Changes in mu rhythm during action observation and execution in adults with Down syndrome: implications for action representation.

Research paper by Naznin N Virji-Babul, Alexander A Moiseev, Teresa T Cheung, Daniel D Weeks, Douglas D Cheyne, Urs U Ribary

Indexed on: 09 Apr '08Published on: 09 Apr '08Published in: Neuroscience Letters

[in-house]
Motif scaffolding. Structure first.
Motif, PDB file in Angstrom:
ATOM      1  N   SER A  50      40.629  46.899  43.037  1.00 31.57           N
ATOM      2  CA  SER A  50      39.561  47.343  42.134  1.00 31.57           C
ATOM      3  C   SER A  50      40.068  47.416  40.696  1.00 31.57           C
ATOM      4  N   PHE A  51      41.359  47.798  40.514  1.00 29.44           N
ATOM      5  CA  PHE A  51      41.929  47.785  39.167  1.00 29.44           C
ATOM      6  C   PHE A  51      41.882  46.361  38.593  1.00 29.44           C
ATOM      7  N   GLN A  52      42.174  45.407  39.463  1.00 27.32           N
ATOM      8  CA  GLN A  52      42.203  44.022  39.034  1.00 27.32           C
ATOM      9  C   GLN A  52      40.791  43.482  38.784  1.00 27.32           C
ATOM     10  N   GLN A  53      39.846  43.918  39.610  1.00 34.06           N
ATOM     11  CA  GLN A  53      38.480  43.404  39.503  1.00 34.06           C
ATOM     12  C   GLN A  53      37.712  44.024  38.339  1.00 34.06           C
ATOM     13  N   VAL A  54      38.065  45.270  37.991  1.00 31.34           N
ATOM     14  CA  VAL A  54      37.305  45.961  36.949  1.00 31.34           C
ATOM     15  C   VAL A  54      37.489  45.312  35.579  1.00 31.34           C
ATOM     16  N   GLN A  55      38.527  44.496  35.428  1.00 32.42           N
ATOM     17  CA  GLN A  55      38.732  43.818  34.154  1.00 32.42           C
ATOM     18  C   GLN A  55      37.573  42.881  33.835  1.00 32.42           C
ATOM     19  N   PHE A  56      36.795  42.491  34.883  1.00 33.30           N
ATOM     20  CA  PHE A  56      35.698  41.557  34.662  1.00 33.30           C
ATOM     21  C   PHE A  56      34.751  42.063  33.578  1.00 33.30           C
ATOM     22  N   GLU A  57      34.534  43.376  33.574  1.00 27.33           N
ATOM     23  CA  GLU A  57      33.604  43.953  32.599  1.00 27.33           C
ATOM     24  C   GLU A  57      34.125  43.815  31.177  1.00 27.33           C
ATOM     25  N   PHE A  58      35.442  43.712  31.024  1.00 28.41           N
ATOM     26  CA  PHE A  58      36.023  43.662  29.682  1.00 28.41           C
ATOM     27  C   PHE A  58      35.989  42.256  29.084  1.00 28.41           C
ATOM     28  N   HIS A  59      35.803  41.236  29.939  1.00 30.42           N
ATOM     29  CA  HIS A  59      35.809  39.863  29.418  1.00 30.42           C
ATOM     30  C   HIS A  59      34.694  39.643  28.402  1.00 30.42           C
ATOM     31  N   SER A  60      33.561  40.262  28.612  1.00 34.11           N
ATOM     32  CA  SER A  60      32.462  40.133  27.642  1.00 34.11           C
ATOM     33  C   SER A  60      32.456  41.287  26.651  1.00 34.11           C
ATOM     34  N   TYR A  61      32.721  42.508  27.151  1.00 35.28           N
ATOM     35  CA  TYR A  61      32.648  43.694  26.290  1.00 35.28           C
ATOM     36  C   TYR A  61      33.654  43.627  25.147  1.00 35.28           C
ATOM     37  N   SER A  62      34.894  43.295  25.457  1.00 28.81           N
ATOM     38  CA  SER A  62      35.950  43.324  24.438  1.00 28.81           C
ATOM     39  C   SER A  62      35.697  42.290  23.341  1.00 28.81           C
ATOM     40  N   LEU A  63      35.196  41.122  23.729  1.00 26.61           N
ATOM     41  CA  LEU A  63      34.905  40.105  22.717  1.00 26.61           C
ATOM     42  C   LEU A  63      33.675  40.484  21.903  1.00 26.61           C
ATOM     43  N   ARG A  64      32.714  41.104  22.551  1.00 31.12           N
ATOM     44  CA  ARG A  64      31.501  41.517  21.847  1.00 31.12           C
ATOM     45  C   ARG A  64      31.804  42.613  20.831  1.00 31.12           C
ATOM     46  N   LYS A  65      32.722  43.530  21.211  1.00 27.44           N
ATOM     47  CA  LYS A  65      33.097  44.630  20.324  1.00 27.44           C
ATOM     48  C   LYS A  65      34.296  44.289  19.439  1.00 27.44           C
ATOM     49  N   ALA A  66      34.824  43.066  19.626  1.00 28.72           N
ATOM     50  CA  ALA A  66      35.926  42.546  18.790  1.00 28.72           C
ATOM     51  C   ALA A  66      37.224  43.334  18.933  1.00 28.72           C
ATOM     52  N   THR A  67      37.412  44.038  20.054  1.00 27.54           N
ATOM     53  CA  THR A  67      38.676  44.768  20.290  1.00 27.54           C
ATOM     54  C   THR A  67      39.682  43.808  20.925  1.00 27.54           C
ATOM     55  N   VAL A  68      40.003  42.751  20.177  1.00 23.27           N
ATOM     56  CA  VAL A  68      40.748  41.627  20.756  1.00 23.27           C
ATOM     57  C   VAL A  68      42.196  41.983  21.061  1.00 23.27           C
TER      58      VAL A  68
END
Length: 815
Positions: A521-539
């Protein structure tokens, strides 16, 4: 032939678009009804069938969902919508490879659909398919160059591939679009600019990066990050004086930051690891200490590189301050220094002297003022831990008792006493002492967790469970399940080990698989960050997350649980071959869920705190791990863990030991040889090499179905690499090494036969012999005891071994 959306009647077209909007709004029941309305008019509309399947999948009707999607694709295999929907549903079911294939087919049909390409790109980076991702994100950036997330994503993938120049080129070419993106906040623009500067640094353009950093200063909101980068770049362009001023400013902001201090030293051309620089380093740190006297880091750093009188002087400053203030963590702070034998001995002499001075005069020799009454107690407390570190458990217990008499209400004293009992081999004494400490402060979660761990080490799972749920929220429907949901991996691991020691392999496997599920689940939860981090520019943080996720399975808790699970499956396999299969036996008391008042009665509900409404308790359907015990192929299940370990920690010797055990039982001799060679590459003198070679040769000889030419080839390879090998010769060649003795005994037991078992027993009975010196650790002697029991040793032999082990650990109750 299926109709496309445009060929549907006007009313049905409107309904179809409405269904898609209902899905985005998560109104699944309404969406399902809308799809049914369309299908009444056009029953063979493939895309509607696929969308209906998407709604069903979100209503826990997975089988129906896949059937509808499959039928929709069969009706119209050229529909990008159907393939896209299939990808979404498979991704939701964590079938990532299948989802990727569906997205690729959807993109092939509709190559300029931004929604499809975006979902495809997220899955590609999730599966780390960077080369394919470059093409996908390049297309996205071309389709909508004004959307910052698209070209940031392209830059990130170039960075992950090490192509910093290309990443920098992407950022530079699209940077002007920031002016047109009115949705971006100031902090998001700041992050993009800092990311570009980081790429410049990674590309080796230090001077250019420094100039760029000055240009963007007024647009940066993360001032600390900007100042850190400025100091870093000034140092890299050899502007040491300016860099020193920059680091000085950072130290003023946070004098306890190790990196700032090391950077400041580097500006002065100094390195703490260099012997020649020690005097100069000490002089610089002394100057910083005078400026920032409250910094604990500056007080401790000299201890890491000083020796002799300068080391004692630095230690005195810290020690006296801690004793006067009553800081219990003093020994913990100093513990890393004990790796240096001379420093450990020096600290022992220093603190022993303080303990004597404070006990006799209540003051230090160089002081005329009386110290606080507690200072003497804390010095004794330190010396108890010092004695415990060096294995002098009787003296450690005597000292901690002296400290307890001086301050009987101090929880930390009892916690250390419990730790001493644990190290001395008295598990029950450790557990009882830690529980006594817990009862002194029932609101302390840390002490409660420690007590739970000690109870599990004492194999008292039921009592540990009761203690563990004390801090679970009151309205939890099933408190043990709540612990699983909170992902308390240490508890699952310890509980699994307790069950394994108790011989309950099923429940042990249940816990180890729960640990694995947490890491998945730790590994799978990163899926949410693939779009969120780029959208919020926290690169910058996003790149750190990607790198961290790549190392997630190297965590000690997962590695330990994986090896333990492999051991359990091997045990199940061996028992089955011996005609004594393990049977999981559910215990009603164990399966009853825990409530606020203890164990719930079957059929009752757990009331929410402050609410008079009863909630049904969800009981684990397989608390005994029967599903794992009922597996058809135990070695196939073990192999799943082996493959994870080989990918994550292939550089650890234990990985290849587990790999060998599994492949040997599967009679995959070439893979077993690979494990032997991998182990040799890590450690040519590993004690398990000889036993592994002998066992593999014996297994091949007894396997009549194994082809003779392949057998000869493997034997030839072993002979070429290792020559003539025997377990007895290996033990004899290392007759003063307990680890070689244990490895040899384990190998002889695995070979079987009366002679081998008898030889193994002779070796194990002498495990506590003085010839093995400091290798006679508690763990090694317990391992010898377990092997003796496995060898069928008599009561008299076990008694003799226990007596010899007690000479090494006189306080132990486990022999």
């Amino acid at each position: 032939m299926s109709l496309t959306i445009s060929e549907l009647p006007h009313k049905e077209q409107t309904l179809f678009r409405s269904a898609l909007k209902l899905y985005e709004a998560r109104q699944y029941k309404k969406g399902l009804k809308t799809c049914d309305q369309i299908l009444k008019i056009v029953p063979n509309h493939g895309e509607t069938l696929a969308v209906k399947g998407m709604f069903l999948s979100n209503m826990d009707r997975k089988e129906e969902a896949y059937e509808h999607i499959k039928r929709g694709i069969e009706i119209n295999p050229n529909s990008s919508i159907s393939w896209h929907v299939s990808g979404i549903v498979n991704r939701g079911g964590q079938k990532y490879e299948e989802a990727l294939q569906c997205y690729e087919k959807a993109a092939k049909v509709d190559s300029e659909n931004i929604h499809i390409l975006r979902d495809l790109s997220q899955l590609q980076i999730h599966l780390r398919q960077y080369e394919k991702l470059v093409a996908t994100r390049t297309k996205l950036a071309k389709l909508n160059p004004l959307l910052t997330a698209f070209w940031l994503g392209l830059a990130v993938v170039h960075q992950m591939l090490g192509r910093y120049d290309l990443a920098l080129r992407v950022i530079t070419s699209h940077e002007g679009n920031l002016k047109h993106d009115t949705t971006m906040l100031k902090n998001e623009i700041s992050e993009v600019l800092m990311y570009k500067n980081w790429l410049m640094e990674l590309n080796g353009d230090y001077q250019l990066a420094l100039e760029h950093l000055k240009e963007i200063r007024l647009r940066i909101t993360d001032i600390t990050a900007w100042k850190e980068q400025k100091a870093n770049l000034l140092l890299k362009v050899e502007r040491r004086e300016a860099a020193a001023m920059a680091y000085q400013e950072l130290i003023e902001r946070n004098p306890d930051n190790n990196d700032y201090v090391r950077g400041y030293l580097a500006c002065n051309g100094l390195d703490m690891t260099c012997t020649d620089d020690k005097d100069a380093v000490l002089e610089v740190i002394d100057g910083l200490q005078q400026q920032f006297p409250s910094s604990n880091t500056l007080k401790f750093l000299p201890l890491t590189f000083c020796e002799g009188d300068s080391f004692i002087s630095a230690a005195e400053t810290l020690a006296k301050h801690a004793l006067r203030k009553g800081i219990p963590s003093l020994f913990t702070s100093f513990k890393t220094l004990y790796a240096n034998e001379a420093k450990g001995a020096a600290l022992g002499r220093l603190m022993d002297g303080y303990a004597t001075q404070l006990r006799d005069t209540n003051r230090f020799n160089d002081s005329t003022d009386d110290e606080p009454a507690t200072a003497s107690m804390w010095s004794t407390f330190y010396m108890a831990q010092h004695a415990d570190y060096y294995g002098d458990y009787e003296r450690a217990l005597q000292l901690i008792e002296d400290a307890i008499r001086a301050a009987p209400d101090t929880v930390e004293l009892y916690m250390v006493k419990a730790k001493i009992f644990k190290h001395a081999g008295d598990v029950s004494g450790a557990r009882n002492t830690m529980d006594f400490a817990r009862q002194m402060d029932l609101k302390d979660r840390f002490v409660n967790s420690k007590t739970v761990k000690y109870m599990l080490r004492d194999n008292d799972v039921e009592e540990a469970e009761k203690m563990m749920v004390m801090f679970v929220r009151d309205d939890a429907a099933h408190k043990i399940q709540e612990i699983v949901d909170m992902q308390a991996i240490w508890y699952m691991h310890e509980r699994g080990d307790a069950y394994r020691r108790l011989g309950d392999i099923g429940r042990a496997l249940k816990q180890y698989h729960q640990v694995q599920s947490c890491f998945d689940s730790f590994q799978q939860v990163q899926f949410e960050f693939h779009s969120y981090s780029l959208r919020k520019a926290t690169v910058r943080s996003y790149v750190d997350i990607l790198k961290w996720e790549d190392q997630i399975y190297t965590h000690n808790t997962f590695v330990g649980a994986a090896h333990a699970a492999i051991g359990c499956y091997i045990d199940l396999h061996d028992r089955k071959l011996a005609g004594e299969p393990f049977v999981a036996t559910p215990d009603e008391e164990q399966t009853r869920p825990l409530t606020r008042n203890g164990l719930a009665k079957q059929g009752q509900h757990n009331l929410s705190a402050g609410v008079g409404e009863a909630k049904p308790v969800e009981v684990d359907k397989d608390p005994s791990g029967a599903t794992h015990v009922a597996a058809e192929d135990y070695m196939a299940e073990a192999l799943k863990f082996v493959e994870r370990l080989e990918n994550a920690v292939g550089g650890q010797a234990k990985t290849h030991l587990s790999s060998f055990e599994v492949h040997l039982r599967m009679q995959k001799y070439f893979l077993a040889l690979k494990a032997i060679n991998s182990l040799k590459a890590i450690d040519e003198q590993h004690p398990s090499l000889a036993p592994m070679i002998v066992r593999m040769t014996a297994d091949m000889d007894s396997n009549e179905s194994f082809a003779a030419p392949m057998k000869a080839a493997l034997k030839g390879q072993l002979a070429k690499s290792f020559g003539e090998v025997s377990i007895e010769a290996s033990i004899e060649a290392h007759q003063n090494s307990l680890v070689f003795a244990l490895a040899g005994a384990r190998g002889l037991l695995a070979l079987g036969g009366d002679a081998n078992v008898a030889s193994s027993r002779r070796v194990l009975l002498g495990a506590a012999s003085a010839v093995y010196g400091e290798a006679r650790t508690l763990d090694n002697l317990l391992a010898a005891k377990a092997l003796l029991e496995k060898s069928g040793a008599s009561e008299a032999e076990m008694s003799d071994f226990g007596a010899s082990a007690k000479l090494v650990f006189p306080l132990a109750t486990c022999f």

The human mirror neuron system is thought to be the underlying basis of perception-action coupling involved in imitation and action understanding. In order to examine this issue we examined the recruitment of the mirror neuron system, as reflected in mu rhythm suppression in a population of adults with Down syndrome (DS) with known strengths in imitation but with impairments in perceptual-motor coupling. Ten healthy adults and 10 age-matched adults with (DS) participated in the study. Subjects were asked to make self-paced movements (execution), and view movements made by the experimenter (observation). The action consisted of reaching with the dominant hand to grasp and lift a cup. Cortical responses were recorded with a whole head magnetoencephalography (MEG) system. Both groups demonstrated significant attenuation of the mu rhythm in bilateral sensorimotor areas when executing the action. Typical adults also demonstrated significant mu suppression in bilateral sensorimotor areas during observation of the action. In contrast, when observing the movement, adults with DS showed a significantly reduced overall attenuation of mu activity with a distinct laterality in the pattern of mu suppression. These results suggest that there is a dysfunction in the execution/observation matching system in adults with DS and has implications for the functional role of the human mirror neuron system.